OOP in JavaScript - Part 1: Writing classes

Permanent Link: OOP in JavaScript - Part 1: Writing classes 12. September 2009 RSS Feed for comments on RSS-Feed für Kommentare zu: OOP in JavaScript - Part 1: Writing classes comments feed

OOP in JavaScript works a bit different than known from other languages. That's why I decided to do a series of "OOP in JavaScript" blogposts, where I want to show how OOP in JavaScript works. The series will discuss topics like creating classes, prototyping, extending classes, static classes, scoping, and so on. To understand these postings a basic knowledge of JavaScript and OOP is needed. This first part is about creating classes/prototyping.

First thing you need to know: There is now keyword class in JavaScript. In order to create a class in JavaScript, all you have to do is to create a function and then create a new class instance by using the known keyword new:

function Product() {}

var product = new Product();

The function we've created is the constructor of our new class. To create methods and properties there are two ways: You can either declare them in the constructor or you can do prototyping.

Declaring it in the constructor:

function Product() {
this.id = 71288;

this.getId = function() {
return this.id;
}
}

Prototyping:

function Product() {}

Product.prototype.id = 71288;

Product.prototype.getId = function() {
return this.id;
}

Personally I prefer prototyping as it is more clear. If you want to call the function getId() it always works the same way with both methods:

var product = new Product();
alert(product.getId());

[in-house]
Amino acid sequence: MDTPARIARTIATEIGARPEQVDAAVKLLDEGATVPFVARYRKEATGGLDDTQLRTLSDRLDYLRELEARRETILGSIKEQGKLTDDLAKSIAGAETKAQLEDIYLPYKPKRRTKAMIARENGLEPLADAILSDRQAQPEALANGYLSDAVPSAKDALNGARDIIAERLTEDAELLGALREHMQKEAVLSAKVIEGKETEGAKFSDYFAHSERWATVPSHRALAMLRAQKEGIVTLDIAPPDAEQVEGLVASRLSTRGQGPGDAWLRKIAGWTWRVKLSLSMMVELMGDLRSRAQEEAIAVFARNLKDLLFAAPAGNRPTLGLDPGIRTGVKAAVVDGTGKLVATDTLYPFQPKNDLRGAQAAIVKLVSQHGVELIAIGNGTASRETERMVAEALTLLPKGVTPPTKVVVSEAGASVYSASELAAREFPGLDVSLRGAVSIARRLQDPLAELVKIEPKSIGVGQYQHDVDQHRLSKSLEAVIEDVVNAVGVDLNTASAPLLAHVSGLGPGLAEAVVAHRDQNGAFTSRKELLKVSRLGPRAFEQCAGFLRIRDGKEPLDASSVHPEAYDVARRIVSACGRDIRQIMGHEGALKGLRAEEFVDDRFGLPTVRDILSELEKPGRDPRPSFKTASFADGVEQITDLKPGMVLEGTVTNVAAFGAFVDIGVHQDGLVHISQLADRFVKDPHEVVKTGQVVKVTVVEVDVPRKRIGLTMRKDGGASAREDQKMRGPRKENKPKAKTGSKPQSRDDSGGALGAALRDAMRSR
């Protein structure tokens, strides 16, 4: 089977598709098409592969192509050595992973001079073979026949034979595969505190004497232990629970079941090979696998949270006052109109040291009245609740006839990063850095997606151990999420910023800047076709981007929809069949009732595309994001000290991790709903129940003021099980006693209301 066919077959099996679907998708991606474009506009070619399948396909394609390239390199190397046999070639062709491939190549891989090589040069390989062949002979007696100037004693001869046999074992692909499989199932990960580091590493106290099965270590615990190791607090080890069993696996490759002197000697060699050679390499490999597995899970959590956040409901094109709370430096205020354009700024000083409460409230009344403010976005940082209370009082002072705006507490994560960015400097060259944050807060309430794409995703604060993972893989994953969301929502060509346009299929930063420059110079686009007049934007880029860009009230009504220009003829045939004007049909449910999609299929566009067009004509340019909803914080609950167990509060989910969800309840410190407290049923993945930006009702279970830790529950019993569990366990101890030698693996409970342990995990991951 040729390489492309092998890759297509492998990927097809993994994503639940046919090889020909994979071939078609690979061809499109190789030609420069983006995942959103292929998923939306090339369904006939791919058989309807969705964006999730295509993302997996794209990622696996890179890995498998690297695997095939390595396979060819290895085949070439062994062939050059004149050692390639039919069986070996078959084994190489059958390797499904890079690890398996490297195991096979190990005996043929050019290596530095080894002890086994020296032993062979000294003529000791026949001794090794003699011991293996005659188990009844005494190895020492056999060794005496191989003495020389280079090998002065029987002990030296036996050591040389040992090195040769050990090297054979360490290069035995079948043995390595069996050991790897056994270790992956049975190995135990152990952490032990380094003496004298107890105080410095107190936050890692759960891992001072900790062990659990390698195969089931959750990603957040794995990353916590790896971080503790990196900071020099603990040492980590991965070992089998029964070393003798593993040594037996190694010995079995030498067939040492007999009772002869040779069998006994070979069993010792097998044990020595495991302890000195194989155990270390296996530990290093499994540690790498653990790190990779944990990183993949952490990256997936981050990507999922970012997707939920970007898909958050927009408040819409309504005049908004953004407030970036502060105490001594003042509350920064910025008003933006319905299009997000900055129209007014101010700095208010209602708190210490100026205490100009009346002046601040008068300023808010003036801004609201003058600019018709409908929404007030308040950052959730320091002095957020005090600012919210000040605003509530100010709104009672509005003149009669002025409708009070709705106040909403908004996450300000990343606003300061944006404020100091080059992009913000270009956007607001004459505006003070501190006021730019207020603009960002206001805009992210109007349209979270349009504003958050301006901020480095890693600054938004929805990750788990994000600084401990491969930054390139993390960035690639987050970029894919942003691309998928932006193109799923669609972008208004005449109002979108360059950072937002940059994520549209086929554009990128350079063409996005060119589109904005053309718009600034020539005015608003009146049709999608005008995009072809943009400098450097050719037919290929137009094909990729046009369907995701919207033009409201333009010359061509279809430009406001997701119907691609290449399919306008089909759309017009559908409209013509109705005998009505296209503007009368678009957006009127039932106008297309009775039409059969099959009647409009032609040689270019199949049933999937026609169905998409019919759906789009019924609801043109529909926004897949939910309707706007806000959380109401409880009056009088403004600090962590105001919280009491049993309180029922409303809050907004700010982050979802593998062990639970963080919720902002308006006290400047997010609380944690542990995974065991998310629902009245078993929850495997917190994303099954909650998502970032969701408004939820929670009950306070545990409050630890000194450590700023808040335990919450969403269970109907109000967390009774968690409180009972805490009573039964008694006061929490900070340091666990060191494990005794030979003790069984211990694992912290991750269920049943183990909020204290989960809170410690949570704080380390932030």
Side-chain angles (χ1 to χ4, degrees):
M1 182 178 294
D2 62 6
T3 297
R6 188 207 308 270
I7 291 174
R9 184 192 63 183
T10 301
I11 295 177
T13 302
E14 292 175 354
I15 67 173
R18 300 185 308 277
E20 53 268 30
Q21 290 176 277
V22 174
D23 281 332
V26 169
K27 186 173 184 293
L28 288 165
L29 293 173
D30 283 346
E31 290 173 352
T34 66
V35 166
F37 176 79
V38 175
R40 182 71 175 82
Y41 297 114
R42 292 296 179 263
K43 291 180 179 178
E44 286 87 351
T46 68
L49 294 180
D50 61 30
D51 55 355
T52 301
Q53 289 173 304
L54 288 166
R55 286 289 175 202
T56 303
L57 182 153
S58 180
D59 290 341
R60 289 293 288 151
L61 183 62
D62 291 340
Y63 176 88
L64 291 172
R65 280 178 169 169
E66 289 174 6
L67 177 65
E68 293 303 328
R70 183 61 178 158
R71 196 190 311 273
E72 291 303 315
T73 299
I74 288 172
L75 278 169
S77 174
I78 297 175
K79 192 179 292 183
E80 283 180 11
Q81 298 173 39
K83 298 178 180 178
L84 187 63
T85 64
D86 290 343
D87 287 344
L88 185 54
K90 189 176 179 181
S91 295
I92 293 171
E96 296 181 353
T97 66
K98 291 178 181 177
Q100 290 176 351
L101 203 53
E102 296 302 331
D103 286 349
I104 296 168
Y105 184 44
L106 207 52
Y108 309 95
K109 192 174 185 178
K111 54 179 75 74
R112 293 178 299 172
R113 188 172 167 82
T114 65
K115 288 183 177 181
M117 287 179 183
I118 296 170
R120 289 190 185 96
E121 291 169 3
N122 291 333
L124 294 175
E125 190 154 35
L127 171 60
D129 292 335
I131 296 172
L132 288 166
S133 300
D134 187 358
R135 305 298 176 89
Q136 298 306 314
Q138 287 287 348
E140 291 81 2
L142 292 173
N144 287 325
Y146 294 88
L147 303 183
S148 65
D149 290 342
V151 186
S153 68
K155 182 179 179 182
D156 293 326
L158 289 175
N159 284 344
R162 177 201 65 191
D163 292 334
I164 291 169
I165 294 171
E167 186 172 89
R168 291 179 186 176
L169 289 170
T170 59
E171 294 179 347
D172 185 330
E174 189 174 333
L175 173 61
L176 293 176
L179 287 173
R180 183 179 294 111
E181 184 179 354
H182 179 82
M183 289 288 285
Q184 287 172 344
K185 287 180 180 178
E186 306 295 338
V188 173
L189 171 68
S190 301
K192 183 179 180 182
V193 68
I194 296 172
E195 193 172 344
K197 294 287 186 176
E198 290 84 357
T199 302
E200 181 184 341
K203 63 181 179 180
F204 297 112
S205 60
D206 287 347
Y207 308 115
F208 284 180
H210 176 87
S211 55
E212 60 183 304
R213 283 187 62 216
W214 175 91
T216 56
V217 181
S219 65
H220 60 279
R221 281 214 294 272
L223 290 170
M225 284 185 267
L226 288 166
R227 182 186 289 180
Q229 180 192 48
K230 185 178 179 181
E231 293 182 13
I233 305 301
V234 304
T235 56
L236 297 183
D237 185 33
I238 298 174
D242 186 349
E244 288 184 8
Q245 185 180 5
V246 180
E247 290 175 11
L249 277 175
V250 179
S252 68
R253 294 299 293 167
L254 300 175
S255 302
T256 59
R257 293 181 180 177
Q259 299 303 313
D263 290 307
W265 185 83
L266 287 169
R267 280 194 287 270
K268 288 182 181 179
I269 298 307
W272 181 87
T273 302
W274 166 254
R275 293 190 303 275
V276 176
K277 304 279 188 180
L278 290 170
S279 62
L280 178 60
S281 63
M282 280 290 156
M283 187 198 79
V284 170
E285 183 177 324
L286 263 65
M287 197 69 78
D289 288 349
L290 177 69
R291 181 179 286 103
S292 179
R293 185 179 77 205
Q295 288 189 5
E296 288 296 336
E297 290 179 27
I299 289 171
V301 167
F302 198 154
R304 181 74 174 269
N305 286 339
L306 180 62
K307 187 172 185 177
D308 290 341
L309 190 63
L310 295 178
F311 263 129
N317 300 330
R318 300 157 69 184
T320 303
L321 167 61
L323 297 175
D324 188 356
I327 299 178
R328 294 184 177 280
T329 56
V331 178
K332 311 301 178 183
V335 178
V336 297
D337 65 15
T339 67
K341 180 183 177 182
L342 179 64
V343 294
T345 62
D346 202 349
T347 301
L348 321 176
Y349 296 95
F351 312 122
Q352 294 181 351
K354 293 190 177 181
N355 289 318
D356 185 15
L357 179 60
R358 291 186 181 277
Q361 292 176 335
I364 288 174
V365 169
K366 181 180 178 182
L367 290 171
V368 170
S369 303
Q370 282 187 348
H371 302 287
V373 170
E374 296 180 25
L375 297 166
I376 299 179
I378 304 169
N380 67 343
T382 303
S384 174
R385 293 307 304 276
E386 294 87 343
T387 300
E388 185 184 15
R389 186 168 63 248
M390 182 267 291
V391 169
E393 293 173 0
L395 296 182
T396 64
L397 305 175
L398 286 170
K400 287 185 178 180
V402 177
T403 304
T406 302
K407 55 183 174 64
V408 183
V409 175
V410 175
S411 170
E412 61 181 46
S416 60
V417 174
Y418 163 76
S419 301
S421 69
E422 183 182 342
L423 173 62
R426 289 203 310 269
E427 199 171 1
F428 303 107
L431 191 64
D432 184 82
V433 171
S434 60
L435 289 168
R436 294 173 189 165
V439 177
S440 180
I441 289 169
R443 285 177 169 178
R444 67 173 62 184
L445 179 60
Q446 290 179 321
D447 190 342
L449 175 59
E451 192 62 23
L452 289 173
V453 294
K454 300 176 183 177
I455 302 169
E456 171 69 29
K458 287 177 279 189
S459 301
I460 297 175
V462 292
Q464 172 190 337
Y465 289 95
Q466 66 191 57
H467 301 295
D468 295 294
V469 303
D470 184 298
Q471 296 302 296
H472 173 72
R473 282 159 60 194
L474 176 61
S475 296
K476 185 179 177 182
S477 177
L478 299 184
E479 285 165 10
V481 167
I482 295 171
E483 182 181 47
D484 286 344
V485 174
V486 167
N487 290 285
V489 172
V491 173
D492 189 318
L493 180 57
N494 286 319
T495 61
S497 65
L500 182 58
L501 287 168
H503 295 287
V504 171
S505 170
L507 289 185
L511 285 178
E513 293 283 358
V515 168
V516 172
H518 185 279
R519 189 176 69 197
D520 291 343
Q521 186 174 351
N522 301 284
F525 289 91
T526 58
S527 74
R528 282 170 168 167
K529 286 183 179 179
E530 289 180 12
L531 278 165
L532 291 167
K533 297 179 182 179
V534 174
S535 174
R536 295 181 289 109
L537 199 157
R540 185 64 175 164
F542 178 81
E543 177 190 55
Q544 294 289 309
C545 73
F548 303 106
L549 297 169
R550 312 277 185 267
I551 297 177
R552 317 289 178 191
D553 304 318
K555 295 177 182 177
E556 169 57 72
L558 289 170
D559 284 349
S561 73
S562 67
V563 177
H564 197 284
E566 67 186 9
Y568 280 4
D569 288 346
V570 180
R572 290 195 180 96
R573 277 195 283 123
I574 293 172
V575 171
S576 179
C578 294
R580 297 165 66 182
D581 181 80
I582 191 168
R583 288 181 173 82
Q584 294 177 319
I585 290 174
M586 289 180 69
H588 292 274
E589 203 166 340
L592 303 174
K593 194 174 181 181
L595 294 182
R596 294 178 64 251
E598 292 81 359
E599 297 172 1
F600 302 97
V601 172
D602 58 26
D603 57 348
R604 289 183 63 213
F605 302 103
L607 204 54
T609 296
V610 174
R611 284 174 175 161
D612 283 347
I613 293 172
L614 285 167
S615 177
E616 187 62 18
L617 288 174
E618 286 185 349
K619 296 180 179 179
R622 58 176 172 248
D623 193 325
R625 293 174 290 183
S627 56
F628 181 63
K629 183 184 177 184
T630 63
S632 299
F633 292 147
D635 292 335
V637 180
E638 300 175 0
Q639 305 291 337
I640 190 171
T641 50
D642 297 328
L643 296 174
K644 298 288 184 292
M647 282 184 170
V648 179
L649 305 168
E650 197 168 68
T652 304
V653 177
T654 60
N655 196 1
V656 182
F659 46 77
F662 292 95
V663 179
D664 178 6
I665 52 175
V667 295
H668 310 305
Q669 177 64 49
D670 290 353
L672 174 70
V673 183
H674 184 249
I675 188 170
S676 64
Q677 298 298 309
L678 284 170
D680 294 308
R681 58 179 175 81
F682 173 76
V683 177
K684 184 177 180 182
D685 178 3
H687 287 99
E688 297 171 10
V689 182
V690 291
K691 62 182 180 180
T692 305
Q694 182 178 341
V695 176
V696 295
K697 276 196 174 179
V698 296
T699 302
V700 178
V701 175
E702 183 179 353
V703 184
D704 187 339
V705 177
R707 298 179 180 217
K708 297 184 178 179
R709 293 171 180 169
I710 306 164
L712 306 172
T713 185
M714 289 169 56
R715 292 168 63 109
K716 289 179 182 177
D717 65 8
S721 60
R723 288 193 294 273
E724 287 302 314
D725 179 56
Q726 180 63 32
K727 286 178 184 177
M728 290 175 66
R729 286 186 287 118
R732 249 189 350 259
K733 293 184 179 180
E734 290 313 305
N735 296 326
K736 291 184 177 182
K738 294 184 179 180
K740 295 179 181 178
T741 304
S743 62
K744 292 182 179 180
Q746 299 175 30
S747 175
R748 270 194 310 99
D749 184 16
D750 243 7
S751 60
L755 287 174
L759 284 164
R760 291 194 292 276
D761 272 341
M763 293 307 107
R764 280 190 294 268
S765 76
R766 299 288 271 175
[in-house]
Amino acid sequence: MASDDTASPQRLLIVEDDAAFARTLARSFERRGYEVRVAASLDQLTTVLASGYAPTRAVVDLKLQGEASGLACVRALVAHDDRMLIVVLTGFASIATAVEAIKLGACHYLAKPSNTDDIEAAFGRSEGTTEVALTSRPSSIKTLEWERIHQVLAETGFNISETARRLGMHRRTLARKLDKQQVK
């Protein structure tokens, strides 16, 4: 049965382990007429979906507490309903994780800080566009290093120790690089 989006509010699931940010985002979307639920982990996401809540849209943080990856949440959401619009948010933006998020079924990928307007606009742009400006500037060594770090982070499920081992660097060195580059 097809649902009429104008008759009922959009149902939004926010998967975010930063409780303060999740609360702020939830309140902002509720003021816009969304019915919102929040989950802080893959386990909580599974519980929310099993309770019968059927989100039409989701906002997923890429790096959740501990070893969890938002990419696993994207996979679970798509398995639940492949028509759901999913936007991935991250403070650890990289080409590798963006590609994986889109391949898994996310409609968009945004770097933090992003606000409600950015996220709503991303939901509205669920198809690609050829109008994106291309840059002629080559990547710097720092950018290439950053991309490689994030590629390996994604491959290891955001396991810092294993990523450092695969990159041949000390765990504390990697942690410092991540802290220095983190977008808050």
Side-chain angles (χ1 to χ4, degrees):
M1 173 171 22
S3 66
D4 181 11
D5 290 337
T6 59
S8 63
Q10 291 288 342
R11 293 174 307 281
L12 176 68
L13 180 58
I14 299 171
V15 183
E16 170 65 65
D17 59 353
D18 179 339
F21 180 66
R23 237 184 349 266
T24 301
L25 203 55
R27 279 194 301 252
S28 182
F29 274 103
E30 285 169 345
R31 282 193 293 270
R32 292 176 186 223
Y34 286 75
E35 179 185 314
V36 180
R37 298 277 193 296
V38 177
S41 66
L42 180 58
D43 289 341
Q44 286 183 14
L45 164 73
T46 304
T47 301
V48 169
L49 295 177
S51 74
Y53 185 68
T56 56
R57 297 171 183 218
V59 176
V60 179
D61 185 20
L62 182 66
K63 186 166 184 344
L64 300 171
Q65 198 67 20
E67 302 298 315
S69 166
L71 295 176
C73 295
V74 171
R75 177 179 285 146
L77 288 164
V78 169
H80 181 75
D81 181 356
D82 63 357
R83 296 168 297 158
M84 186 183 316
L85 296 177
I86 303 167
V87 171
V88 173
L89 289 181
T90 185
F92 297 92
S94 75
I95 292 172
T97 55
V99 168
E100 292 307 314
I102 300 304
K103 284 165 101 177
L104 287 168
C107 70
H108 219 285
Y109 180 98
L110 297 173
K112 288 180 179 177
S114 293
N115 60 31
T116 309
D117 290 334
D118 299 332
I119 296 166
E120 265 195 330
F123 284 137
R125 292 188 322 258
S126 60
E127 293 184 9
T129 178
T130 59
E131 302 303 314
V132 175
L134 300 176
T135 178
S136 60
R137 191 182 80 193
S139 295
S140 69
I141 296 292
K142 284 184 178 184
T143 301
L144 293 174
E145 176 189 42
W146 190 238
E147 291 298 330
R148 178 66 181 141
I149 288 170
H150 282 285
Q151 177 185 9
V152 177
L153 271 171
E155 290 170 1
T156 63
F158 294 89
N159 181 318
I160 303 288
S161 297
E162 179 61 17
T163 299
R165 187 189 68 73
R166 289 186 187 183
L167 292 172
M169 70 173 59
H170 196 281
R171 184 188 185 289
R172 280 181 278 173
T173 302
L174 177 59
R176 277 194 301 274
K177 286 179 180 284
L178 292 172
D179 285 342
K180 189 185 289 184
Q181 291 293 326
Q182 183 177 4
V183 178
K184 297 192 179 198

This class is still quite static, since the id is hardcoded in it. To make it dynamic I just need to modify the constructor to make it accept a config object. Notice that I replaced the id property with a config property that stores the whole config given to the object.

function Product(config) {
this.parseConfig(config);
}

Product.prototype.config = {};

Product.prototype.parseConfig = function(config) {
if (typeof config != 'object') {
throw('Parameter "config" must be of type object');
}
// ID should always be set and a number
if (typeof config.id != 'number') {
throw('Config Parameter config.id must be a number');
}
this.config = config;
}

Product.prototype.getId = function() {
return this.config.id;
}

As you can see I also already implemented checks that the config must always be an object and that an id must always be set and a number. Creating a new instance of the class now looks like this:

var product = new Product({
id: 71288
});

This way we can now dynamically create Product Objects based on Product IDs we read from e.g. a database.

In the second part, that will come within the next few days I will write about static classes.

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